The addition of allowances should never be used to compensate for an unsafe or unhealthy working environment. Where different observers rate differently.Rating Direct observation techniques (such as time study and analytical estimating) include a process for converting observed times to times for the "qualified worker working at a defined level of performance. dexterity. and consistency. speed of movement. the carrying of heavy weights. One minority school of thought suggests that relaxation allowances are unnecessary.such as effort. It is important that those undertaking the rating are properly trained. Thus. say. if the standard rate of performance for walking on level ground carrying no weight . The rating is then used (in a process known as "extension" in time study) to convert the observed time to the basic time using the simple formula: Basic time = observed time x observed rating/standard rating Rating is regarded by many as a controversial area of measurement since it is a subjective assessment. This assessment is based on the factors involved in the work . The normal practice is to make an addition to the basic time (commonly referred to as an "allowance") to allow the worker to recover from this fatigue and to attend to personal needs. However. Allowances When carrying out work over a complete shift or working day. and that this training is regularly updated (to maintain a common perception of standard rating) through rating 'clinics'. The amount of the allowance depends on the nature of the work and the working environment. workers obviously suffer from the fatigue imposed both by the work undertaken and the conditions under which they are working. work design should include the design of an effective work-rest regime. With work which involves. This involves the observer (after appropriate training) making an assessment of the worker's rate of working relative to the observer's concept of the rate corresponding to standard rating. The assessment is made on a rating scale. the resulting basic times are not comparable. this school suggests that the observer automatically adjusts the concept of standard rating to allow for the weight. It is usual to allow some of the recovery period inherent in these allowances to be taken away from the workplace (and it is essential in adverse working conditions). the observer makes a judgement of the worker's rate of working as a percentage of the standard rate of working (100). Thus." The commonest of these processes is known as rating. and is often assessed using an agreed set of guidelines and scales. Thus on the 0-100 scale. of which there are three or four in common usage. practised rating practitioners are remarkably consistent.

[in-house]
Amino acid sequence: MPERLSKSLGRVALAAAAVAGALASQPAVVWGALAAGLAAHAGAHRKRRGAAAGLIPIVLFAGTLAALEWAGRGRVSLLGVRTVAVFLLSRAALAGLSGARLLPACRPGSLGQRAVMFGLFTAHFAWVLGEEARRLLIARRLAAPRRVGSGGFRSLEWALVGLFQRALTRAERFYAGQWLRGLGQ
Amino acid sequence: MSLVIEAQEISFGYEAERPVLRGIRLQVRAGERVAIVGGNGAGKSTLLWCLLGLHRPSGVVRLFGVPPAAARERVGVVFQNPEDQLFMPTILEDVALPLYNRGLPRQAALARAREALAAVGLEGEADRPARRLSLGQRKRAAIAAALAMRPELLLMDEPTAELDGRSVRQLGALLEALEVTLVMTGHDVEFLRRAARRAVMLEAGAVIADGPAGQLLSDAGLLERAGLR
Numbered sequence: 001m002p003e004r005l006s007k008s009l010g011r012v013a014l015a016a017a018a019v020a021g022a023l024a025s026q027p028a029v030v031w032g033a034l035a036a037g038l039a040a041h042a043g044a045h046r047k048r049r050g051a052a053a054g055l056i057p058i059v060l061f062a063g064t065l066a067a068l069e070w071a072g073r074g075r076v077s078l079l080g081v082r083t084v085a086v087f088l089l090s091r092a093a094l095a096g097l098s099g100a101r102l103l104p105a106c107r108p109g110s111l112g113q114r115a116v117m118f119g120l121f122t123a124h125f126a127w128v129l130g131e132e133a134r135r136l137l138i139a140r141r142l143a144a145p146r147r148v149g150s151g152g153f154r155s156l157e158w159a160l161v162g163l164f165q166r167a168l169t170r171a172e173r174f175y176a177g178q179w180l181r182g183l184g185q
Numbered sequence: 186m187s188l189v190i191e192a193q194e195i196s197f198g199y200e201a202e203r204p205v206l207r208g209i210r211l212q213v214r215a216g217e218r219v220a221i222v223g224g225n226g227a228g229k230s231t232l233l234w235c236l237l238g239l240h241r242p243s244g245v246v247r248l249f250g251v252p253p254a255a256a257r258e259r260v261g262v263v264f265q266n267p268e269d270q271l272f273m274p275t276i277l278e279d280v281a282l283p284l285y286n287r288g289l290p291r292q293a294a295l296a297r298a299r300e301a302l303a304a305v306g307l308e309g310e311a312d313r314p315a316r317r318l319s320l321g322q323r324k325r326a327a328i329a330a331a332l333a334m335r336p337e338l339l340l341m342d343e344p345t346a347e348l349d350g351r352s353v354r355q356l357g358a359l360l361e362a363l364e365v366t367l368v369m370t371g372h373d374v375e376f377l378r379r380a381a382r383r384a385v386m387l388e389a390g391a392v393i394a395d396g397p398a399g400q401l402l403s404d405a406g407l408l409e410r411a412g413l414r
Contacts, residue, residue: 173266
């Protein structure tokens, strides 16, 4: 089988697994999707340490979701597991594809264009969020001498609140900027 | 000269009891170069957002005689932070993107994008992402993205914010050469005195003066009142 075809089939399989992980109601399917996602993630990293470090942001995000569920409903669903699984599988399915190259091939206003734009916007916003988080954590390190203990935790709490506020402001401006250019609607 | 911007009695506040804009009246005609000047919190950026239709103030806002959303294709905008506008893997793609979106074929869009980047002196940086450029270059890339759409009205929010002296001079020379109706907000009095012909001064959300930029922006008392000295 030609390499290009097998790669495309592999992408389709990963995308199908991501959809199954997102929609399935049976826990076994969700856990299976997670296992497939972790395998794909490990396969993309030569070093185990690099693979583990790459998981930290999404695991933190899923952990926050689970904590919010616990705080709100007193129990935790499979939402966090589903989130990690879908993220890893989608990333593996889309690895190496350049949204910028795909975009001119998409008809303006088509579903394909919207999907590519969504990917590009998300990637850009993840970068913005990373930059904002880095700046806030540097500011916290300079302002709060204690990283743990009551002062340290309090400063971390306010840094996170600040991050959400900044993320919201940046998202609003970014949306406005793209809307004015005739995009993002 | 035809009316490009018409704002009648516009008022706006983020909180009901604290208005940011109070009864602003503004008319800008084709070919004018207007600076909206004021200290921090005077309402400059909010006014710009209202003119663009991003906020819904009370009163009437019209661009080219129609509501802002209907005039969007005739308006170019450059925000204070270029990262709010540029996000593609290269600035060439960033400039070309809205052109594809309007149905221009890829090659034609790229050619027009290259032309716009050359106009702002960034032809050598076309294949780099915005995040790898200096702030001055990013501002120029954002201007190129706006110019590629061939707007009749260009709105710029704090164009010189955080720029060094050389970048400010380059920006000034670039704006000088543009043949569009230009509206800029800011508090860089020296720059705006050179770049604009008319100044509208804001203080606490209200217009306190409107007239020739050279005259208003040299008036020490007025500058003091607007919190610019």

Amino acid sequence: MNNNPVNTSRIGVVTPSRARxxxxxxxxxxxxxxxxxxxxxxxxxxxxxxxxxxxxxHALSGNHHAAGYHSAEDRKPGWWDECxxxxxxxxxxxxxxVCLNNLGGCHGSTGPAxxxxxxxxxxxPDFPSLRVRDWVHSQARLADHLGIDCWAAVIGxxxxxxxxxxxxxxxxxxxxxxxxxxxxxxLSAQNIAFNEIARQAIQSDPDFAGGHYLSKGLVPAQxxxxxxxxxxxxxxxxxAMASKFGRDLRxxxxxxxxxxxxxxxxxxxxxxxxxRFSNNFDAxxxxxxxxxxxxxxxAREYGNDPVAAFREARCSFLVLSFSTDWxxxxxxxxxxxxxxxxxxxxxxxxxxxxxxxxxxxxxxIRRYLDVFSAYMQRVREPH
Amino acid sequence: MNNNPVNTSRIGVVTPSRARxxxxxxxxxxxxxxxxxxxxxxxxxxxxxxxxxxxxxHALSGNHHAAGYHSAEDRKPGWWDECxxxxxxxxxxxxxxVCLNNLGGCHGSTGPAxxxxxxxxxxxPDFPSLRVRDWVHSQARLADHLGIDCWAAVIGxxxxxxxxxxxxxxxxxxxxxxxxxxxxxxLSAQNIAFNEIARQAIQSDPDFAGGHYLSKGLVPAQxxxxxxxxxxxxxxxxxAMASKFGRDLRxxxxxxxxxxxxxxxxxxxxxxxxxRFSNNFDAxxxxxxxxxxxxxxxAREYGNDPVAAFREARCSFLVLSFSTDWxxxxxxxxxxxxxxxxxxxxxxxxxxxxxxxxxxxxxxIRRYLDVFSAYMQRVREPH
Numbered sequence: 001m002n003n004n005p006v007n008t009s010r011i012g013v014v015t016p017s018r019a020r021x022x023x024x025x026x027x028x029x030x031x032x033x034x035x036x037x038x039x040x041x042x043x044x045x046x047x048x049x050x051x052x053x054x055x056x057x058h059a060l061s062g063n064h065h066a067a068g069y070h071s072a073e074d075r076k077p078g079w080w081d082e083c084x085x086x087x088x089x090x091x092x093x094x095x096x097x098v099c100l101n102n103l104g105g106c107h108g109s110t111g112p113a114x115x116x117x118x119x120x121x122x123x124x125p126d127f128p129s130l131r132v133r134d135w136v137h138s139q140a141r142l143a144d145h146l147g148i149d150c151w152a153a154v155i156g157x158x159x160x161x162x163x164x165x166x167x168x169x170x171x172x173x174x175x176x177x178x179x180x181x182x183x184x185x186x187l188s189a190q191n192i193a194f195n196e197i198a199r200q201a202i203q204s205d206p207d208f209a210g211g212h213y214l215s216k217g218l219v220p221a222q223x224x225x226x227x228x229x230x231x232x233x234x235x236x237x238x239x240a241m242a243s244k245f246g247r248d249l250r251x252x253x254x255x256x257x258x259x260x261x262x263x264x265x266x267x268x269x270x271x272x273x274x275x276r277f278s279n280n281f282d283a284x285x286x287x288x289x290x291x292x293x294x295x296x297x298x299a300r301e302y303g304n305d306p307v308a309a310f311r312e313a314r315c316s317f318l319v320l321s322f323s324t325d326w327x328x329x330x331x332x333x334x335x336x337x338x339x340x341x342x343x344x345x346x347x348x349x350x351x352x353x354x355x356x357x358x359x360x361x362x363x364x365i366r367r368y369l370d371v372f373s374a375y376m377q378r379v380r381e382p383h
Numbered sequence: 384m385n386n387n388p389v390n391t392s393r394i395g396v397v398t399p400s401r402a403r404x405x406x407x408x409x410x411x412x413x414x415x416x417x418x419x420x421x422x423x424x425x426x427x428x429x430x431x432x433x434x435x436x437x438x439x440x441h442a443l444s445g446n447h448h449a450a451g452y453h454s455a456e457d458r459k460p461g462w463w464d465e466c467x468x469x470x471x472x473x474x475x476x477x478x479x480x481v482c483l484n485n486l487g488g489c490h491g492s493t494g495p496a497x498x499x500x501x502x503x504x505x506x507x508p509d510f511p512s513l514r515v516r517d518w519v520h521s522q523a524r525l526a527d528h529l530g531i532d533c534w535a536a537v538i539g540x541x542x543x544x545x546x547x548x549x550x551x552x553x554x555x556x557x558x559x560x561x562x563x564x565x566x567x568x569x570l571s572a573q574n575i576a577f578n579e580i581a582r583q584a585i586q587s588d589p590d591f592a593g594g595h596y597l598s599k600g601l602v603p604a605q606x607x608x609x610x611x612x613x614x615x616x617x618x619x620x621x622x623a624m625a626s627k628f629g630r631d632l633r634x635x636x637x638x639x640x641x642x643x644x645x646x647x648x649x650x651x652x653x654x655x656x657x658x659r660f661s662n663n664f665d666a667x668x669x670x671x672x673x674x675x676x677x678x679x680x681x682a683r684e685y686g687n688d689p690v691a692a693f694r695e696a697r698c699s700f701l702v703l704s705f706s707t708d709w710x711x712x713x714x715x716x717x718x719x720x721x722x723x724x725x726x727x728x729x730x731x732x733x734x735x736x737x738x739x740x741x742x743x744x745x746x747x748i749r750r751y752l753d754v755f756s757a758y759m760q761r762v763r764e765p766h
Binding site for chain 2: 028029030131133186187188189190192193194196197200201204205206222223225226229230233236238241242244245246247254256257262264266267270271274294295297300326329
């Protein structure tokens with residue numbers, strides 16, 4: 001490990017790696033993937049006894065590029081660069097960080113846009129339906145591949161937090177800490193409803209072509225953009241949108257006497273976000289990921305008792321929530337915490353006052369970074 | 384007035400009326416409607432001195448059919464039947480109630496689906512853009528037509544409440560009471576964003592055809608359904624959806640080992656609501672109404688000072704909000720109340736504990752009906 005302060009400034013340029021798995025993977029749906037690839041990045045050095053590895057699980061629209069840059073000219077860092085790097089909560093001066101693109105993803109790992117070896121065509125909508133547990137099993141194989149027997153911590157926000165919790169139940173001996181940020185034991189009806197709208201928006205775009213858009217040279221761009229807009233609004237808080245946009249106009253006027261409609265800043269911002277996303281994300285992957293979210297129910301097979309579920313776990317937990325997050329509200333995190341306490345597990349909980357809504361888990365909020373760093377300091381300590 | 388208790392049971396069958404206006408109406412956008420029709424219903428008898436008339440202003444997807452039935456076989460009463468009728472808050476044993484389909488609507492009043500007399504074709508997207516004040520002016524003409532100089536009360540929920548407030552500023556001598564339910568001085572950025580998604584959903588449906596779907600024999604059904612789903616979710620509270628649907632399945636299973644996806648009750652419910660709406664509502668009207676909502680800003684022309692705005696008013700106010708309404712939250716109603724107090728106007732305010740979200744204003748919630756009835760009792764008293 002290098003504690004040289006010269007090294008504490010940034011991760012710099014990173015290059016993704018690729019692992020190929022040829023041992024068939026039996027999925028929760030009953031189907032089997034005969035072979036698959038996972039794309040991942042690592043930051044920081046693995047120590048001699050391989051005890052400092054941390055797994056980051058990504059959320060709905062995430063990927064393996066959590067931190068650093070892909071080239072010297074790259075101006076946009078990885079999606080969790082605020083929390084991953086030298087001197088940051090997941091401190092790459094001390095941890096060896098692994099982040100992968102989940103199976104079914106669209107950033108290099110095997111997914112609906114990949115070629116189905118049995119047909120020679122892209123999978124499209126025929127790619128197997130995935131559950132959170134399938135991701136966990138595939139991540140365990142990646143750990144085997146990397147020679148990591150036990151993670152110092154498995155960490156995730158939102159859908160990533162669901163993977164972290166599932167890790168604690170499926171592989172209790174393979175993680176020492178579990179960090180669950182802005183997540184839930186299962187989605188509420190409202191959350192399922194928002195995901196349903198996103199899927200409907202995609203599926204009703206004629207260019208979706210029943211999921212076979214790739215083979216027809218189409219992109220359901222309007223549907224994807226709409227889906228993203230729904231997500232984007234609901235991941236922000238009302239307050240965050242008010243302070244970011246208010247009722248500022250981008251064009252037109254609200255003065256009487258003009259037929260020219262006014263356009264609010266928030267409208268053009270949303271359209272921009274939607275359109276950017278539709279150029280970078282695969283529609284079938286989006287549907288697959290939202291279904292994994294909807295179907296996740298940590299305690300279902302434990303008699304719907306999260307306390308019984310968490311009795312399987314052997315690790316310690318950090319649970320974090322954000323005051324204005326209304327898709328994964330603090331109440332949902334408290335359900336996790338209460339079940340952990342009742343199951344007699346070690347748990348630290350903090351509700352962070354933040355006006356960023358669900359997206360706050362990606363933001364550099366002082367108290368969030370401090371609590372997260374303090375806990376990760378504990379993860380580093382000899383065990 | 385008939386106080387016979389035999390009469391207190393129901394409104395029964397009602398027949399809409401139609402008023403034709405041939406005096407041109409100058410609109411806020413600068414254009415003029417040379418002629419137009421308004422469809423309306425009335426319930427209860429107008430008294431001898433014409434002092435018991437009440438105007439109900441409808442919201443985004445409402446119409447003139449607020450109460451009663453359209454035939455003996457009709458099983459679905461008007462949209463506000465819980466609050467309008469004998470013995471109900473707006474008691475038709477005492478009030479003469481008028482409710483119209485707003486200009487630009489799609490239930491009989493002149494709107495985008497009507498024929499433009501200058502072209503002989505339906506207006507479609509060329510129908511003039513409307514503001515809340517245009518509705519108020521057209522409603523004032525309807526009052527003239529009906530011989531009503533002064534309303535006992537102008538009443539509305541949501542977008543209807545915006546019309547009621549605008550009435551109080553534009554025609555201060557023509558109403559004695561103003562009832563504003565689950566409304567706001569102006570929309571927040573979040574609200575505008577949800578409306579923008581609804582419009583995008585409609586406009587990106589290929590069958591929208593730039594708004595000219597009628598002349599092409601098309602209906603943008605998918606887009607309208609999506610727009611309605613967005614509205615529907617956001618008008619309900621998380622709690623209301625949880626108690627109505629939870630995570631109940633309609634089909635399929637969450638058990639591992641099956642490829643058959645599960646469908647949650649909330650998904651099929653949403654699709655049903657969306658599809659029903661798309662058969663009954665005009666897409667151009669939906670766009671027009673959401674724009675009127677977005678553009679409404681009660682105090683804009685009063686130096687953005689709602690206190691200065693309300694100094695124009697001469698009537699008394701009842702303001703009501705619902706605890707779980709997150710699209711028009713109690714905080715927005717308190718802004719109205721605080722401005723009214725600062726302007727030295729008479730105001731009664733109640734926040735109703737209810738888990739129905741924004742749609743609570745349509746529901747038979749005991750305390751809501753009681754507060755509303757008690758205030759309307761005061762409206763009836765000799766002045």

and financial incentives. costing. perhaps. to cover relaxation time. . methods comparison.the existence of available predetermined data. or by experience. work sequencing. unoccupied time which increases the overall work cycle (such as waiting for a machine to finish a processing cycle). The end result is a standard time which includes the time the work "should" take (when carried out by a qualified worker) plus additional allocations in the form of allowances. In many jobs there are small amounts of work that may occur irregularly and inconsistently. budgeting. manpower planning. contingency time and. . For example. labour performance measurement. Work Measurement Determination of the length of time it should take to complete a job. . work balancing in team working. and designing incentive systems.the purpose of the measurement.is equivalent to four miles per hour. it is argued that the weight has been allowed for in the adjustment of standard rating and any relaxation allowance is simply a duplication of this adjustment.the time available for the measurement. and workplace design. It is often not economic to measure such infrequent work and an additional allowance is added to cover such work and similar irregular delays. time standards provide an .the level of detail required. Thus. techniques which derive times quickly may provide less detail and be less suitable for some purposes. . where appropriate. The advantage of structured and systematic work measurement is that it gives a common currency for the evaluation and comparison of all types of work. Job times are vital inputs for manpower planning. To some extent there is a trade off between some of these factors. by analysis of historical records (for such items as tool sharpening or replacement). They are less commonly used as the basis of product design.the cost of measurement. such as the establishment of individual performance levels on short-cycle work. then an observer rating a worker walking while carrying a weight will not expect the equivalent rate. estimating labor costs. The results obtained from work measurement are commonly used as the basis of the planning and scheduling of work. This allowance is known as a contingency allowance and is assessed either by observation. In addition. from the workers' standpoint. scheduling. Choosing a measurement technique The choice of a suitable measurement technique depends on a number of factors including: .